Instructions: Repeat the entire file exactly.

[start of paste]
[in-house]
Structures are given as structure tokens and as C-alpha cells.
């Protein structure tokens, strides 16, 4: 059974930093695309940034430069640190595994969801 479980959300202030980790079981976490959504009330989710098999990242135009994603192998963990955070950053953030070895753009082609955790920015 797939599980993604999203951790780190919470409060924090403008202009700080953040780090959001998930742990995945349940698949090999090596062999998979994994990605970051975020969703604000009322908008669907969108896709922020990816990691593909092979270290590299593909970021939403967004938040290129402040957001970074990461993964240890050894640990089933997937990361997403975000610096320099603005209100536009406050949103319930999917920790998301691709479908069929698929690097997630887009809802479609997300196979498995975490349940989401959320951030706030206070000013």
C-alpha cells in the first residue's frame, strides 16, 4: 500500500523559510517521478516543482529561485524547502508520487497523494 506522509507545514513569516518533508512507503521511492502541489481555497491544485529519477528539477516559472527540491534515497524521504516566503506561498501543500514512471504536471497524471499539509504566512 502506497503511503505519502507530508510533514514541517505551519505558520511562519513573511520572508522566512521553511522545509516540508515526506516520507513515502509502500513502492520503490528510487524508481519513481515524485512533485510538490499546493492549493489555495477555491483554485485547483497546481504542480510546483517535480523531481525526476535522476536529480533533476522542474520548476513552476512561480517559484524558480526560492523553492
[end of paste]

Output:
[in-house]
Structures are given as structure tokens and as C-alpha cells.
């Protein structure tokens, strides 16, 4: 059974930093695309940034430069640190595994969801 479980959300202030980790079981976490959504009330989710098999990242135009994603192998963990955070950053953030070895753009082609955790920015 797939599980993604999203951790780190919470409060924090403008202009700080953040780090959001998930742990995945349940698949090999090596062999998979994994990605970051975020969703604000009322908008669907969108896709922020990816990691593909092979270290590299593909970021939403967004938040290129402040957001970074990461993964240890050894640990089933997937990361997403975000610096320099603005209100536009406050949103319930999917920790998301691709479908069929698929690097997630887009809802479609997300196979498995975490349940989401959320951030706030206070000013």
C-alpha cells in the first residue's frame, strides 16, 4: 500500500523559510517521478516543482529561485524547502508520487497523494 506522509507545514513569516518533508512507503521511492502541489481555497491544485529519477528539477516559472527540491534515497524521504516566503506561498501543500514512471504536471497524471499539509504566512 502506497503511503505519502507530508510533514514541517505551519505558520511562519513573511520572508522566512521553511522545509516540508515526506516520507513515502509502500513502492520503490528510487524508481519513481515524485512533485510538490499546493492549493489555495477555491483554485485547483497546481504542480510546483517535480523531481525526476535522476536529480533533476522542474520548476513552476512561480517559484524558480526560492523553492